To them I was a representation of American society and culture abroad, and I wanted to portray my country in an accurate but also forgiving light. Learning about the international perception of the United States in Scotland made me even more aware of some of the harsh, but often very true, criticisms other countries had for our nation. I wanted to be respectful of foreign perceptions while also explaining what I felt, through my own experience and research, the United States justifications and reasonings were. In doing this, I felt I gained very real experience in international relations. I was learning how to understand international perspectives and have discussions about them in informative and diplomatic ways, and doing this helped me gain a maturity and understanding of various opinions that I feel makes me not just a better worker, but a better person and citizen.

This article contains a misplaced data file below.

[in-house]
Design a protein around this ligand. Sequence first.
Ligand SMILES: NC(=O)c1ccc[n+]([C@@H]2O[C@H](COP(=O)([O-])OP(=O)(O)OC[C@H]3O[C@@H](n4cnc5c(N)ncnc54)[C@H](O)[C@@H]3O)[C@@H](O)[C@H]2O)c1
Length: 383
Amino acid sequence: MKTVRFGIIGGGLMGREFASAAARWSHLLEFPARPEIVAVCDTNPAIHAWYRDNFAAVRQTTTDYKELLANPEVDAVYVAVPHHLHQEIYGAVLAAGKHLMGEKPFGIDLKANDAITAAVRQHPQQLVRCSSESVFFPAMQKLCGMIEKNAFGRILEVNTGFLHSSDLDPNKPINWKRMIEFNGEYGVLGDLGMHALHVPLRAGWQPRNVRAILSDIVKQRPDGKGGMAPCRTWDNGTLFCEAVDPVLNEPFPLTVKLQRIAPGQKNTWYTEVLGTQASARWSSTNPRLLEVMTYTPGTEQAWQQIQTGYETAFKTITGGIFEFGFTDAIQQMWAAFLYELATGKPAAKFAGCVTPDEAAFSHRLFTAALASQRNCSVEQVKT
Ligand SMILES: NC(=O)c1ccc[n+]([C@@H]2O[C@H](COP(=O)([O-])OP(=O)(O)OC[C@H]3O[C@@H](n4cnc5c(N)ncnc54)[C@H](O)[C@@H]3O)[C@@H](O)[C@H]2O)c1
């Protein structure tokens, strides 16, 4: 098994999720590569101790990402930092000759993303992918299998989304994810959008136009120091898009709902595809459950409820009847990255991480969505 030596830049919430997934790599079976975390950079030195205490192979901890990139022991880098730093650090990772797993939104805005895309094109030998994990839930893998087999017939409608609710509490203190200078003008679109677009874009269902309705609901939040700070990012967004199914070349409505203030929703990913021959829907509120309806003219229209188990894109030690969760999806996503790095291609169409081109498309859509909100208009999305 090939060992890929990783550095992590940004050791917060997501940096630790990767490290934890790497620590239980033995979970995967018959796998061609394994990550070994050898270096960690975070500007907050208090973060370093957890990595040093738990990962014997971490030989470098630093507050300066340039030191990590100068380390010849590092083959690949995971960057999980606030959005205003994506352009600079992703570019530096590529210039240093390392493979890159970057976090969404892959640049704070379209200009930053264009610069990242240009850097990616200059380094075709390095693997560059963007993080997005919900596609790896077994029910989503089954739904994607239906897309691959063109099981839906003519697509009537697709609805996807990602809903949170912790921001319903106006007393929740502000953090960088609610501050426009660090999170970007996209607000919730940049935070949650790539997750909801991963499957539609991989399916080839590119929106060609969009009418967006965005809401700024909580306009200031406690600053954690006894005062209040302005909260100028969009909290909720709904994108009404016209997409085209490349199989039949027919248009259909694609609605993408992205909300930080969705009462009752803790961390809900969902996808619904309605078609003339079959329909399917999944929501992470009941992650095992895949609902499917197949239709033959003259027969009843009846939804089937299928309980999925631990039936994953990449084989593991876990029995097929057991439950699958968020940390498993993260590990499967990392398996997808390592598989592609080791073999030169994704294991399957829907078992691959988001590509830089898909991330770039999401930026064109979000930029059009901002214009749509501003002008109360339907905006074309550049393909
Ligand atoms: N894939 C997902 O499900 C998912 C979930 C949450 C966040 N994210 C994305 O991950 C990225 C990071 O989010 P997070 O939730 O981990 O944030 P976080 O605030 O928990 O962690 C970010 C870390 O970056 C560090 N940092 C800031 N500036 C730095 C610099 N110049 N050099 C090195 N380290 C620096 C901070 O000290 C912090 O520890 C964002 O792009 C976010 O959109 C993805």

In Scotland I also became immensely more independent and mature. From the beginning, I was required to make important decisions about finances and budgets. I paid rent each month, bought my own groceries, and had to determine an “entertainment” budget. While I never considered myself fiscally irresponsible before Scotland, I became even more so during my time there. More than that, I also learned independence from traveling around Europe alone.img_1668Traveling by myself was empowering and gave me a powerful amount of confidence. I know that I can be on my own and not just survive, but thrive. While of course I welcome the company of others, I do not have to depend on it. It is this confidence that I know gave me the courage to go to Cambodia for six months by myself! Without the previous experience of roaming the streets of European cities solo, I don’t know if I would have been able to make that decision with the same certainty.